Why the Green Party

Claudia Ellquist

Claudia Ellquist

As Greens, we are all here to save the planet. I believe that there is no lack of consensus on that. But that could also be said of the membership of the hundreds of NGO’s (Non-Governmental Organizations) which currently exist? The reason we’re are here, in the Green Party, and not in  NGO’s is that we see our particular role  as being members of a political party, and not in belonging to yet another NGO. This is not to trash the NGO’s — it is just to point out why we are the the Green Party of the United States, and not board members on some 501c3 or 501c4. If we basically duplicate them, then why bother with the extra work?

Green Party Mayor Jason West of New Paltz, NY performing same sex marriage

Green Party Mayor Jason West of New Paltz, NY performing a same sex marriage

The reason I have committed my life to the political route is threefold. One is to elect candidates to office, and to replace whoever previously held that seat, whether a democrat or a republican, or whatever. Because they are misusing that seat of power, at whatever level it exists, by not effectively using it to save the planet. I have tried lobbying the folks in the seats of power, I have tried working around them, I have tried the nonpolitical paths– they have their merit, but they are not enough. If the earth is to be saved, then, in addition to changing my own life, and the nonpolitical parts of the world community, the power of governments needs to be redirected. The folks in these seats of power need to be replaced.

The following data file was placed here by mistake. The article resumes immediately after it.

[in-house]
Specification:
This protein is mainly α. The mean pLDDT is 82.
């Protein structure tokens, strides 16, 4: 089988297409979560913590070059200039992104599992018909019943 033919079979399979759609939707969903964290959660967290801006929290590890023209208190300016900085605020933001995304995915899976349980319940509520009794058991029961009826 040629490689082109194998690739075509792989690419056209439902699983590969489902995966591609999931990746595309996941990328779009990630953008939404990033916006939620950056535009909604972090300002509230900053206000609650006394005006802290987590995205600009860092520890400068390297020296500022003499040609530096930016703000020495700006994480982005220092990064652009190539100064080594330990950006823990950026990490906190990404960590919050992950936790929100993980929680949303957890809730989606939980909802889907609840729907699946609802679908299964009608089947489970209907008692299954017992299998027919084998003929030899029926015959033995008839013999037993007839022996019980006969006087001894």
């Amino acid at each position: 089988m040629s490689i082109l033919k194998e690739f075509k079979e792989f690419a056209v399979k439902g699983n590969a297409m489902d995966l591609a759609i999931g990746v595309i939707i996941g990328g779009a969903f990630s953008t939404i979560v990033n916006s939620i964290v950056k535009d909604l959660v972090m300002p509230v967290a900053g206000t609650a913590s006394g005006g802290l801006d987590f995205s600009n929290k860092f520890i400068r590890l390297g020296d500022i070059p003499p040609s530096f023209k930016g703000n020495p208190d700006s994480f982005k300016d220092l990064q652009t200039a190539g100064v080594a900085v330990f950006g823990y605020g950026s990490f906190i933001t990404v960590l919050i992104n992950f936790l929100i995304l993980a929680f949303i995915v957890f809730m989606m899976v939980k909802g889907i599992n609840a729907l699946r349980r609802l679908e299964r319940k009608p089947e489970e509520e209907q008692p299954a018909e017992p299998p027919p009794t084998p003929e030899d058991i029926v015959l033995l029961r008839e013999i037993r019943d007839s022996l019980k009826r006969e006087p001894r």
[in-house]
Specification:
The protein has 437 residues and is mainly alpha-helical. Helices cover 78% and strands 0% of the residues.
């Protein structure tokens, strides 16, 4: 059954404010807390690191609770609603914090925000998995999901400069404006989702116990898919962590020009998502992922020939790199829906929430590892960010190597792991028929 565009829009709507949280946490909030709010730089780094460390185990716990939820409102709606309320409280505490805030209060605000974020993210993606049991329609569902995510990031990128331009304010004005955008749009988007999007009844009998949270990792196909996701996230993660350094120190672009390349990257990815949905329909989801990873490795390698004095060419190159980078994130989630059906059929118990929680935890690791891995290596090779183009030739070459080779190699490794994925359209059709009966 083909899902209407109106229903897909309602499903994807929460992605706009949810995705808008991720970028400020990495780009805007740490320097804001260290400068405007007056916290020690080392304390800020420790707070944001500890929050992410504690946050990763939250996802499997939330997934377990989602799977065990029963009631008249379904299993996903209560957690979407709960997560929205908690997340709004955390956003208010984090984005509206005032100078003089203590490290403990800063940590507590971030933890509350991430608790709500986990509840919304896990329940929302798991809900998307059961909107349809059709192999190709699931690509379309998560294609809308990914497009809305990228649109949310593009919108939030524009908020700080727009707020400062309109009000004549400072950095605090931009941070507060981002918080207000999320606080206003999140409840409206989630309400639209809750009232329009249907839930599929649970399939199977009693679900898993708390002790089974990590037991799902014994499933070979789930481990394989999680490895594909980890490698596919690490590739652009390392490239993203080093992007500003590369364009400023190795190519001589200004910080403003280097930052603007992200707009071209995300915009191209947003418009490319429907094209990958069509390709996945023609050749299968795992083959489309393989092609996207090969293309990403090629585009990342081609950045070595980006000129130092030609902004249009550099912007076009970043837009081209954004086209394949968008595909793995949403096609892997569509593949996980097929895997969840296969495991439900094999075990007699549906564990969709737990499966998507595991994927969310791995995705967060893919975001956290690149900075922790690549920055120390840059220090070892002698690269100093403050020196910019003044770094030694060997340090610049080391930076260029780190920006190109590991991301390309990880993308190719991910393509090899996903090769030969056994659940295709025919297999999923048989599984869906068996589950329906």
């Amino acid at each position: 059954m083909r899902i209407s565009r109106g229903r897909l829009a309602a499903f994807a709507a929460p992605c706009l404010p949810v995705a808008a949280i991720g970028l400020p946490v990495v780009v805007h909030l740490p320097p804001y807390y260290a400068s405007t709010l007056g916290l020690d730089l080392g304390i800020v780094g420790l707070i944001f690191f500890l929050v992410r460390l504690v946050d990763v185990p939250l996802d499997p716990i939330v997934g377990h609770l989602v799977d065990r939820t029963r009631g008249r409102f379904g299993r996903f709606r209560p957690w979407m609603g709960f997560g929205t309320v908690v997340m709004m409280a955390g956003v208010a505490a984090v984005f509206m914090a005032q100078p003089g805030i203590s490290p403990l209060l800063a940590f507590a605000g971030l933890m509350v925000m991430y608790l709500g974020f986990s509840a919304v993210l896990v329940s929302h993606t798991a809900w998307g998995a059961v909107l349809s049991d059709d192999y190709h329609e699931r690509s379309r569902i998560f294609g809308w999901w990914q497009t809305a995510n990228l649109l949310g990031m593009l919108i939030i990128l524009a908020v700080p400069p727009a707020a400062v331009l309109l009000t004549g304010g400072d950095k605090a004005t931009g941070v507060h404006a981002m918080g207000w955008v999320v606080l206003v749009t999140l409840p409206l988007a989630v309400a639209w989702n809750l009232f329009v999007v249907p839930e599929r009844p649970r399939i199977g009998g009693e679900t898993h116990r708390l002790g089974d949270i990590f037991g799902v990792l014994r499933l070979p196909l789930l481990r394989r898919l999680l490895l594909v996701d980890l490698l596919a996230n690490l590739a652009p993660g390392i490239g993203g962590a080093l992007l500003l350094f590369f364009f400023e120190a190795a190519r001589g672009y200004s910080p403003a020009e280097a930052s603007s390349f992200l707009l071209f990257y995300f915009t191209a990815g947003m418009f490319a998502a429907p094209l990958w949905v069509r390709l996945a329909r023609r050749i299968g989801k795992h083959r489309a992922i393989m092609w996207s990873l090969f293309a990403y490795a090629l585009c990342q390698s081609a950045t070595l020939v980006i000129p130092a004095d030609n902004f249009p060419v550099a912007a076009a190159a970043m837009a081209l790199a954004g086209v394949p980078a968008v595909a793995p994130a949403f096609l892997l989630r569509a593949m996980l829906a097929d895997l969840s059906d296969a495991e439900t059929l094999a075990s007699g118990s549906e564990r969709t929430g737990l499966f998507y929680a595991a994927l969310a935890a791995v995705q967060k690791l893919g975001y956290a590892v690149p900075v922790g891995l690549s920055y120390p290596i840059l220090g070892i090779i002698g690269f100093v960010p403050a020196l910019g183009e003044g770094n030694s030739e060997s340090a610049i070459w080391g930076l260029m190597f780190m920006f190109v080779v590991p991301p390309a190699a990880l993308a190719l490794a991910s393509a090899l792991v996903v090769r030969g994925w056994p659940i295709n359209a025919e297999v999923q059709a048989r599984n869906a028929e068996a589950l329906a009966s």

It will be a great day, I hope, when elected Greens are in enough seats of power to change policies by majority vote. If that ever happens. But Greens understand the role of a minority voice. Our elected officials can change things through bringing up a bill that would never have surfaced otherwise, and, even if it is subsequently amended, it can have enough of its intent survive to do good. Greens can bring perspectives, that would not otherwise be heard, to amend the bills of others. Greens in office can ferret out the overlay of values, and persuade their colleagues. Greens, once given a seat at the table, have the integrity to say the truth that others are in denial over, so that it eventually surfaces. Greens can even intimidate, undermining assumptions by raising the spectre that if one of us can be elected, then perhaps no seat is “safe.” Greens who are elected can make democracy mean something that it is supposed to have meant all along.